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In my recent adventures in Scala, I've found case classes to be a really nice alternative to enums when I need to include a bit of logic or several values with them. I often find myself writing structures that look like this, however:

object Foo{
  case class Foo(name: String, value: Int, other: Double)

  val BAR = Foo("bar", 1, 1.0)
  val BAZ = Foo("baz", 2, 1.5)
  val QUUX = Foo("quux", 3, 1.75)

I'm primarily worried here about the naming of the object and the case class. Since they're the same thing, I end up with Foo.Foo to get to the inner class. Would it be wise to name the case class something along the lines of FooCase instead? I'm not sure if the potential ambiguity might mess with the type system if I have to do anything with subtypes or inheritance.

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2 Answers 2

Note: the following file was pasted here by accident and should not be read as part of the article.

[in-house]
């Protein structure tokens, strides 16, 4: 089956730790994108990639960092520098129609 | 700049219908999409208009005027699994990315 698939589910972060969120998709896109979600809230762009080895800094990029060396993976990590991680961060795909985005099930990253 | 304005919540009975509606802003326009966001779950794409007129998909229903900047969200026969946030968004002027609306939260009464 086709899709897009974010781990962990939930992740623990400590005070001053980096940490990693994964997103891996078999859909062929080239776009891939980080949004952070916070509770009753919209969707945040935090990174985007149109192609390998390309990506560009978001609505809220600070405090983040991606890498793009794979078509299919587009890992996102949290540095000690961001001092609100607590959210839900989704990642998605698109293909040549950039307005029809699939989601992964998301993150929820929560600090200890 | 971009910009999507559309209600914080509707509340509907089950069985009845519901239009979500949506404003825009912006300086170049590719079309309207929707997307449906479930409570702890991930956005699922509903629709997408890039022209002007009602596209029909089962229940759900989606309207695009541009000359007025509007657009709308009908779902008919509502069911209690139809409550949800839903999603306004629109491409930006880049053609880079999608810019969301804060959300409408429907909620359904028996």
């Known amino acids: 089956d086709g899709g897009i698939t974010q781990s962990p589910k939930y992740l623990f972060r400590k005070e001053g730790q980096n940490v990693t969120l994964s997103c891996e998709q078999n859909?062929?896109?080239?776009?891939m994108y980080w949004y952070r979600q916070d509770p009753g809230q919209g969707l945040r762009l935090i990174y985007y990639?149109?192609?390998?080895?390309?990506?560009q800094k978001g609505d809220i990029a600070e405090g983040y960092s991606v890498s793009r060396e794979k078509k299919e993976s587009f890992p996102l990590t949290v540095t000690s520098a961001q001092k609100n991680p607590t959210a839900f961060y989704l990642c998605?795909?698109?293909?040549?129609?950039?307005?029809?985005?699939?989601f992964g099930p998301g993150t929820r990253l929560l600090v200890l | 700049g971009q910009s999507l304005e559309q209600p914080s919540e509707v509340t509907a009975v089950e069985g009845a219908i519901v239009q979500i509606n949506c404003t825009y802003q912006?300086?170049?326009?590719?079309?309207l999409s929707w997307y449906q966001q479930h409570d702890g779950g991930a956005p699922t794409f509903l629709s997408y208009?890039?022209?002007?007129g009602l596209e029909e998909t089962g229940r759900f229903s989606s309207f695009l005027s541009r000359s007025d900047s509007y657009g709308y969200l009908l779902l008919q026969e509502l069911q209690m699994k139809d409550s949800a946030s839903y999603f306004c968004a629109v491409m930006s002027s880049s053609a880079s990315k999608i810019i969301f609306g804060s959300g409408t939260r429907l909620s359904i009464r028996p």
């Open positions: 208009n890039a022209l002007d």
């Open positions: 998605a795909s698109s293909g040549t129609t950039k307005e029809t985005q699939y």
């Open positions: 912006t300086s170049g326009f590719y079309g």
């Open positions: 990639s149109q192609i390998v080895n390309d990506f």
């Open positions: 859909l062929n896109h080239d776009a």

up vote 2 down vote accepted

The nested Class Foo.Foo is not the same class as Foo and there is no ambiguity. The case class Foo (the inner one) can only be accessed by it's complete name (Foo.Foo). But:

If you 'import Foo._' or 'Foo.Foo' you will run into trouble. One Solution is to use

import Foo.{Foo => InnerFoo}

Or you don't import anything and use the complete Path (Foo and Foo.Foo). Does this answer you question?

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Yes, I think so. I was running into confusion and trouble by importing Foo._. Didn't think to alias it. –  KChaloux Aug 29 '12 at 20:30

In Scala there exist package objects. Thus, there is no need for searching a new name:

package foo {
  case class Foo(name: String, value: Int, other: Double)
package object foo {
  val Bar = Foo("bar", 1, 1.0)
  val Baz = Foo("baz", 2, 1.5)
  val Quuz = Foo("quux", 3, 1.75)

Later you can import them with:

import foo._
// use all members of package `foo` and package object `foo`

Btw, constants are usually named UpperCamelCase (as shown in my example).

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Ah, neat. Didn't know about these. +1 for enlightening me to something that seems helpful, if not immediately then at least in the near future. –  KChaloux Aug 29 '12 at 20:31

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